Marc Martinez is a senior analyst at the Delma Institute, an international affairs research consultancy in Abu Dhabi, United Arab Emirates.
For the first time since Iran’s 1979 Islamic revolution, a Sunni extremist group managed to successfully carry out a terrorist attack in Tehran. Iranians sat mesmerized in front of their TV sets, watching the unfolding events in disbelief and waiting for any information on the terrorists, their motivation and their affiliation.
The Islamic State claimed responsibility for the attacks against two potent symbols of power in Iran, which left at least 12 dead and 42 wounded. By attacking the Imam Khomeini mausoleum, the final resting place of the founder of the Islamic republic, the terrorists targeted the Islamic revolution itself. And by attacking the parliament, they assaulted Iran’s vibrant yet imperfect democracy. These were attacks on Iran’s political institutions, not Shiism.
By targeting both the symbols of Iranian democracy and the autocratic system of the velayat-e faqih (governance of the jurist), the terrorists, paradoxically, ended up uniting an Iranian society fractured by the recent presidential campaign that saw Hassan Rouhani get reelected. Reformists, moderates, conservatives and hard-liners are now part of a new “sacred union” against terrorism that will most likely enable the Islamic Revolutionary Guard Corps (IRGC) to reinforce its involvement in Syria and increase support for its local militias.
The attack will harden nationalist feelings and legitimize the IRGC’s rhetoric that such an intervention was necessary to fight terrorists in their locations to avoid having to fight them on the streets of Tehran. In a rare message of national unity, Rouhani’s chief of staff for political affairs, Hamid Aboutalebi, encouraged Iranians to applaud the security forces, the IRGC, the Basij militia and police for their “power and firmness.”
This alliance will, however, only be temporary, as the people will soon increase pressure on their government to focus its attention on Iran and its economic woes rather than distant Syria. Conservatives will also use the tragic event to force political change in the next presidential election in four years.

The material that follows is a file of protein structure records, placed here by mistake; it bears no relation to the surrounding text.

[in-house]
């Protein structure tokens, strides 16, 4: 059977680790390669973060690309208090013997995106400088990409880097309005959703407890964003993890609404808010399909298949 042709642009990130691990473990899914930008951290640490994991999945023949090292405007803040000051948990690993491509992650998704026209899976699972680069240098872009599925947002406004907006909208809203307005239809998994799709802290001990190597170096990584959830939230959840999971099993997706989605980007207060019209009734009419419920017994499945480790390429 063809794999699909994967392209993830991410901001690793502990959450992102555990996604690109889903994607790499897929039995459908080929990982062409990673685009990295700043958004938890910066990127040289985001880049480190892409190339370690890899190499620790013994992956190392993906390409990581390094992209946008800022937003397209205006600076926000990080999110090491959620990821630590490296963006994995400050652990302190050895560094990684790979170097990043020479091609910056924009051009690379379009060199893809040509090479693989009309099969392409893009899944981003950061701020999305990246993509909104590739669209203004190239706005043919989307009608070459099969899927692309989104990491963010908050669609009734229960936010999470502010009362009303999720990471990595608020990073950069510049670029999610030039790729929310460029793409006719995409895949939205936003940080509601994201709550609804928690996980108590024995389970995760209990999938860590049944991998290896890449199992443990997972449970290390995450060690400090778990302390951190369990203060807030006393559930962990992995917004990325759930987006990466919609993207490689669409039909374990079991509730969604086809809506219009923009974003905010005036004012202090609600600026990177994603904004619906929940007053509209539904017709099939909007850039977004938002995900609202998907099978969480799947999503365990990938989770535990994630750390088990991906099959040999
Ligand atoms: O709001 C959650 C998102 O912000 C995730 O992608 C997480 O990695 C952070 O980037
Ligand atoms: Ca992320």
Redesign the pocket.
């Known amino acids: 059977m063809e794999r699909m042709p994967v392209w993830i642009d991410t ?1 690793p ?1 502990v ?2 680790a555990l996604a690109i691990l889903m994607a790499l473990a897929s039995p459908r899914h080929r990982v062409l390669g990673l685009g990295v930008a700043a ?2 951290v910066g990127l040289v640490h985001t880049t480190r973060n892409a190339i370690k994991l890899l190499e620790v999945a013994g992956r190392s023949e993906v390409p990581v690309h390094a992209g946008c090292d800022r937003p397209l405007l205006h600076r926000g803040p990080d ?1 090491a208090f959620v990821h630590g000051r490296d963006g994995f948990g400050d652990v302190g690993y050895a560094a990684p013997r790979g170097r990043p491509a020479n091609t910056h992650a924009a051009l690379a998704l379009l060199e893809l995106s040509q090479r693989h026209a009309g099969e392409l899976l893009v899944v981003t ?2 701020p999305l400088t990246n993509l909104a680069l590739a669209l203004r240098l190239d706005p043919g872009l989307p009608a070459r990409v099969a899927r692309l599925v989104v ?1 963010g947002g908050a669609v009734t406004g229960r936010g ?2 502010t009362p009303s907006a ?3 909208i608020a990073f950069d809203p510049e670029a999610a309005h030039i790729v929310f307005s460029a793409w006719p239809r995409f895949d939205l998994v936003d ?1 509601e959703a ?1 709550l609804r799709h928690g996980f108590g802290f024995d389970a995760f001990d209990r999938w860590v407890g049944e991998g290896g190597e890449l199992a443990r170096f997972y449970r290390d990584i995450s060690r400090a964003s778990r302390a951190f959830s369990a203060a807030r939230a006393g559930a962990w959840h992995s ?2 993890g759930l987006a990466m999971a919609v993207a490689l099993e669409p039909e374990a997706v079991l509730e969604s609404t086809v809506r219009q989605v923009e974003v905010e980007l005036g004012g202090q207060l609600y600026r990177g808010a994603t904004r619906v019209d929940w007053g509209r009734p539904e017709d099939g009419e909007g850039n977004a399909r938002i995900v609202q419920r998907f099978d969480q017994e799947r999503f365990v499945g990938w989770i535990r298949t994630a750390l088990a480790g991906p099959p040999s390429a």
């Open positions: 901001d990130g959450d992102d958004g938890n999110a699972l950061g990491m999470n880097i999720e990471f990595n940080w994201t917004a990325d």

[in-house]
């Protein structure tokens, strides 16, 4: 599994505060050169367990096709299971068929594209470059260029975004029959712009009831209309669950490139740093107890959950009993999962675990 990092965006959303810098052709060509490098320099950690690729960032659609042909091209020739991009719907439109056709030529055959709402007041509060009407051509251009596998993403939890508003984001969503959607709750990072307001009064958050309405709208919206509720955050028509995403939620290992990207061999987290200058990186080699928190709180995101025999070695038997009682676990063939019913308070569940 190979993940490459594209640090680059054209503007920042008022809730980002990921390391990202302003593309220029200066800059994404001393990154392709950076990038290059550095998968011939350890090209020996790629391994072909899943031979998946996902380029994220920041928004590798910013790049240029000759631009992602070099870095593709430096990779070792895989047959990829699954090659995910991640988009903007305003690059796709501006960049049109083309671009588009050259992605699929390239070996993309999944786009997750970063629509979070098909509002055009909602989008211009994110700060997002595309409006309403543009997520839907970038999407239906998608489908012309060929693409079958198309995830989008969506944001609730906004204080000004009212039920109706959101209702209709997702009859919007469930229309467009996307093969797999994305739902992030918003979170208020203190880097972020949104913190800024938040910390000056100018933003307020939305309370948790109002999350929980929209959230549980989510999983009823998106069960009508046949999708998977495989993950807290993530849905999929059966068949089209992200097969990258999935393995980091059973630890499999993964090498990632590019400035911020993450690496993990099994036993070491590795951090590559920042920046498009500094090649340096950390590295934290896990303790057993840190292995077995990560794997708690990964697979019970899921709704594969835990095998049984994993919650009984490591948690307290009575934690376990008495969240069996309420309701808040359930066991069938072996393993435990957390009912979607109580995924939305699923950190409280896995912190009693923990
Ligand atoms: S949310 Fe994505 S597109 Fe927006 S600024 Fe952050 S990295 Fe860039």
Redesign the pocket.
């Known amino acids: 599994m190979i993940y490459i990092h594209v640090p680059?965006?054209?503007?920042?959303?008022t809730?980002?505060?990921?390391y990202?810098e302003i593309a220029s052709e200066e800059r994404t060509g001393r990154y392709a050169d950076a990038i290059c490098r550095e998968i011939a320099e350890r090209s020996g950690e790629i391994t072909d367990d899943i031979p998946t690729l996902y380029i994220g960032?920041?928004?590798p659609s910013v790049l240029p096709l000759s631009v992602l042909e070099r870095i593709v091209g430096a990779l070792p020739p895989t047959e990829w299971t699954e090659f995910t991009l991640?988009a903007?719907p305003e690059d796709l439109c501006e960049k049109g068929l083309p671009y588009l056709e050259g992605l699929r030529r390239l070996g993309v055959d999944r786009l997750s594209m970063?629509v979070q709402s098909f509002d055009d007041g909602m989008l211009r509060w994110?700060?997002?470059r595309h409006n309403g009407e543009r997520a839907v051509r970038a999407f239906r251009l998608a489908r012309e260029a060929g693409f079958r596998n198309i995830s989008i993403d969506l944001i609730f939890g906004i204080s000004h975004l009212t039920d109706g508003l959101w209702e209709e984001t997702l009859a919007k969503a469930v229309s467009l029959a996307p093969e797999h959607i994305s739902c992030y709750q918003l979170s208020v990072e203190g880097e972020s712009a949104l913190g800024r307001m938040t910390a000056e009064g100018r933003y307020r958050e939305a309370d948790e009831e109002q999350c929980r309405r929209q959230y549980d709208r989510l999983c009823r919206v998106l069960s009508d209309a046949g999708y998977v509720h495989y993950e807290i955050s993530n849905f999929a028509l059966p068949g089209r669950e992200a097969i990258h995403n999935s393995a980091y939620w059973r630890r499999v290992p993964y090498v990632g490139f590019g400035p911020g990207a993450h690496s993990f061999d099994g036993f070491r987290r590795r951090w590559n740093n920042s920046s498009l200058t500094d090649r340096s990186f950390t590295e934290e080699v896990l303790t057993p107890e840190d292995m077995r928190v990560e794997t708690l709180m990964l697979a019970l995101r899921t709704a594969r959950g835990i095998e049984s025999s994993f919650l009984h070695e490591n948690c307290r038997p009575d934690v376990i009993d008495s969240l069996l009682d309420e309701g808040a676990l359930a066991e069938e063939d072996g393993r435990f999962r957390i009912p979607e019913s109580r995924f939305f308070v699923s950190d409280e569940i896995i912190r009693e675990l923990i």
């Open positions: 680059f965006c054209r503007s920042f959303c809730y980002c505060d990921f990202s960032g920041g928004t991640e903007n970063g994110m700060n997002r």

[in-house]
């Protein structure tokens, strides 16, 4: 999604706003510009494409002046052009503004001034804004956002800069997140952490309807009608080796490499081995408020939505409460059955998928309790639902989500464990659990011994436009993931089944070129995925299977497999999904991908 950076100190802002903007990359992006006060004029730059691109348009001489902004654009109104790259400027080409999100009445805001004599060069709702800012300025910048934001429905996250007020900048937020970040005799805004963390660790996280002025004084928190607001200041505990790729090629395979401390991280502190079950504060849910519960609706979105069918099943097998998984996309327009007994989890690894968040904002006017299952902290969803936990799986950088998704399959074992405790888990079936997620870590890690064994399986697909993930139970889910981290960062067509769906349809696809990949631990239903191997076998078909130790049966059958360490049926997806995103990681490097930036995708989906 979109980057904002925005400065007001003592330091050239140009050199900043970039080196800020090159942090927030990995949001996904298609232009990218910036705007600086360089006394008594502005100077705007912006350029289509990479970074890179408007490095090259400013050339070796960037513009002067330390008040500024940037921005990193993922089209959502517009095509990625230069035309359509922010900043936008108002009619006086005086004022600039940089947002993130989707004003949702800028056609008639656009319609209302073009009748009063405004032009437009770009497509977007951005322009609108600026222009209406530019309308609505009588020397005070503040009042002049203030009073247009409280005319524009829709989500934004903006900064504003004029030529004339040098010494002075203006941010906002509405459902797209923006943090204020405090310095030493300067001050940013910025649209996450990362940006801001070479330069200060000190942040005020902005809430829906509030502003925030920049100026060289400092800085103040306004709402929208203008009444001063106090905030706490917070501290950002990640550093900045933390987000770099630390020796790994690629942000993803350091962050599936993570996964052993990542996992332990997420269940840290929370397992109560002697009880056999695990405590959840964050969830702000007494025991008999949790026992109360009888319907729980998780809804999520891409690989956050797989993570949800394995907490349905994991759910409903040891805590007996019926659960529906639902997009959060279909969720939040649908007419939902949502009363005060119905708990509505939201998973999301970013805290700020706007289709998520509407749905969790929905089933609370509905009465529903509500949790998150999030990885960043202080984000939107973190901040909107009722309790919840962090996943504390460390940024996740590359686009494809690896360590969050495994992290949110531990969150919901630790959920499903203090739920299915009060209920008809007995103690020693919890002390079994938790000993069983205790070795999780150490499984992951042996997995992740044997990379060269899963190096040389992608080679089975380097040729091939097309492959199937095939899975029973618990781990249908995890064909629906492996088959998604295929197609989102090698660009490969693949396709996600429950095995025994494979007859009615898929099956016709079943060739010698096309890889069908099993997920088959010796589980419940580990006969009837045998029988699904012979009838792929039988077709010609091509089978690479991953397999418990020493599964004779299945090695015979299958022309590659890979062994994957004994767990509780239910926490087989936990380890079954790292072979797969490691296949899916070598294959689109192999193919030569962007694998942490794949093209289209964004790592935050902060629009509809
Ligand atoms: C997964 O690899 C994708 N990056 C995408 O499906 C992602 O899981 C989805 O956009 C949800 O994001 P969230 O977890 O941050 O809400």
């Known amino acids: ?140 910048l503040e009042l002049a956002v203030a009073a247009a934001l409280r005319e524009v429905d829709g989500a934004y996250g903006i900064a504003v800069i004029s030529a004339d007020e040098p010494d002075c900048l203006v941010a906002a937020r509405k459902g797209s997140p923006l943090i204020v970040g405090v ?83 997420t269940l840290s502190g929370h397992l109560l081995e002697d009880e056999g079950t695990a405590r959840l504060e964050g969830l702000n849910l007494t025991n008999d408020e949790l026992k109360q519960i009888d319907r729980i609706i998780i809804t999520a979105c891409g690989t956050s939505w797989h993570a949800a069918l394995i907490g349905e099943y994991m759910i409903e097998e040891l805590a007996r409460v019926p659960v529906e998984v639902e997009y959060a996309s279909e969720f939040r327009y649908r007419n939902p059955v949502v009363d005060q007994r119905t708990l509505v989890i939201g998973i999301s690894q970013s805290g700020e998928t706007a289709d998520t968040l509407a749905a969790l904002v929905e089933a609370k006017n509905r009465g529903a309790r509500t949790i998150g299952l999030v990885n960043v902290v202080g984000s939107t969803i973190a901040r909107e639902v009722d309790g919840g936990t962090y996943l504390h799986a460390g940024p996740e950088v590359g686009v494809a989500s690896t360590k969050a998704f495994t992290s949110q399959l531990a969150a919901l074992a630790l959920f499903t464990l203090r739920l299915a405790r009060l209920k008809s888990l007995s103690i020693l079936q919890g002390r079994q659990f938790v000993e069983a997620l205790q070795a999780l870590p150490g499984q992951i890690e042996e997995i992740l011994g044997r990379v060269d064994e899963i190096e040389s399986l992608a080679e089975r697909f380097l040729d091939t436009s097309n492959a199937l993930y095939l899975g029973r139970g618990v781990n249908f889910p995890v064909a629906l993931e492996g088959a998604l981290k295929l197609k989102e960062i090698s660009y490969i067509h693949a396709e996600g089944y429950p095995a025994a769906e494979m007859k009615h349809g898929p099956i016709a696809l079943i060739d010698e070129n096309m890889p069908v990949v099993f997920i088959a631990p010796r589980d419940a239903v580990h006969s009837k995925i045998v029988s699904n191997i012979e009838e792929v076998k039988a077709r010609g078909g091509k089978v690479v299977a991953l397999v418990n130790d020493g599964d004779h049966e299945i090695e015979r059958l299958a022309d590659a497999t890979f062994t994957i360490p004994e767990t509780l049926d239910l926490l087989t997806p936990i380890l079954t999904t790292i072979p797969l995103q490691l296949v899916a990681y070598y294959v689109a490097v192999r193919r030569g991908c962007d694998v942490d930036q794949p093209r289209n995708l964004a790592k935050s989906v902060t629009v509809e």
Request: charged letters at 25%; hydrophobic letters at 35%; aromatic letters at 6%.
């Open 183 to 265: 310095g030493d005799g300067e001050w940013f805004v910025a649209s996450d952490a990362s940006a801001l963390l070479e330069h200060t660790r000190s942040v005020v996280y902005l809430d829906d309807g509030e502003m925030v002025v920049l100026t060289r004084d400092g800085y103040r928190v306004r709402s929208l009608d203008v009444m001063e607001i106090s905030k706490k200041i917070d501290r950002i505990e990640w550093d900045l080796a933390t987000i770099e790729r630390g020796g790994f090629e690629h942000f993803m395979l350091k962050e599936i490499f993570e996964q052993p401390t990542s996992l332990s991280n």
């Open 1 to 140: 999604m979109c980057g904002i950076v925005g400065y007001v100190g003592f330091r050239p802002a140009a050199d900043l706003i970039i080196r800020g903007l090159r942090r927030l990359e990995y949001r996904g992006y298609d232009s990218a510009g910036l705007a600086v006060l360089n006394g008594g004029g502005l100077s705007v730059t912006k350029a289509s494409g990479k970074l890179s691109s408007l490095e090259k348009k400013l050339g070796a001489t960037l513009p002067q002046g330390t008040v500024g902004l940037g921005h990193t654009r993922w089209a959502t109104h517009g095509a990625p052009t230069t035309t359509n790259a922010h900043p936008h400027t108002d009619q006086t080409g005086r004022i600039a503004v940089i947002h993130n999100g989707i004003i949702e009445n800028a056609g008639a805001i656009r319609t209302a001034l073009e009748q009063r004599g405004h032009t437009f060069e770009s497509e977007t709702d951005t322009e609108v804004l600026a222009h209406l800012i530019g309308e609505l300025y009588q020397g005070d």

The next few days are crucial to understanding whether Iranian moderates will be able to rein in the IRGC and its Shiite allies, such as the armed Lebanese group Hezbollah, the Afghan militia Fatemiyoun and the Pakistani Zeynabiyoun brigade — which are all doing Iran’s bidding in the war in Syria. Because the Islamic State did not touch any religious symbols, even though the mausoleum site is sacred for Iranians and many Shiites, the government might be able to control the reaction of the more ideological Iranian forces.
But Iranians are not immune to conspiracy theories and are already questioning the timing of the attack, linking it to Saudi Foreign Minister Adel al-Jubeir’s threat a few hours before the attack, when he said that “Iran must be punished for its interference in the region and its support for terrorist organizations.”
Soon after the attack, social media in Iran was abuzz with messages on different platforms such as Telegram and Twitter with every detail of the terrorist operation. The military gear — one of the attackers was found with eight grenades and 12 AK-47 magazines — and the flawless, classical Arabic spoken by one of the attackers have been used to point the finger at Saudi Arabia and raise suspicions about its involvement. Even official confirmation that the attackers were all Sunni Iranians converted by the Islamic State to extremism was met with suspicion.
Supreme Leader Ali Khamenei said: “These fireworks have no effect on Iran. They will soon be eliminated … They are too small to affect the will of the Iranian nation and its officials.” However, the IRGC belligerently and publicly said Saudi Arabia was behind the attack and added that the “spilled blood of the innocent will not remain unavenged.” At a time when regional tensions are at a historic high with the ongoing Qatar crisis, the prospect of an Iranian retaliation through the IRGC or one of its Shiite allies is petrifying, as the consequences for Iran and the region would be unfathomable.
The terrorist attacks will have serious consequences on foreign direct investments, as international companies and governments were waiting for the first signs of economic improvement to enter the Iranian market. And a retaliation in any form would be catastrophic, as it would most likely trigger new U.S. and, possibly, European sanctions against Iran, and once again brand the country as a state sponsor of terrorism.
If the Iranian authorities — not only the government but also the supreme leader — are able and willing to control their most extremist forces, they will be able to maintain the moral high ground by taking advantage of the Shiite tradition of victimization.
The Islamic State attacks show that Iran is a de facto part of the international community, as its democratic institutions and existence are a threat to the terrorist group. This will force countries and individuals to review their analyses. Defense Secretary Jim Mattis, for example, will no longer be able to question Iran’s relations with the Islamic State (“What is the one country in the Middle East that has not been attacked by ISIS? One, that is Iran. That is more than happenstance, I’m sure.”) or state that “I consider ISIS nothing more than an excuse for Iran to continue its mischief. Iran is not an enemy of ISIS.”
But by stating that “states that sponsor terrorism risk falling victim to the evil they promote,” President Trump proved to many Iranians that their suffering is not considered equal to that of others.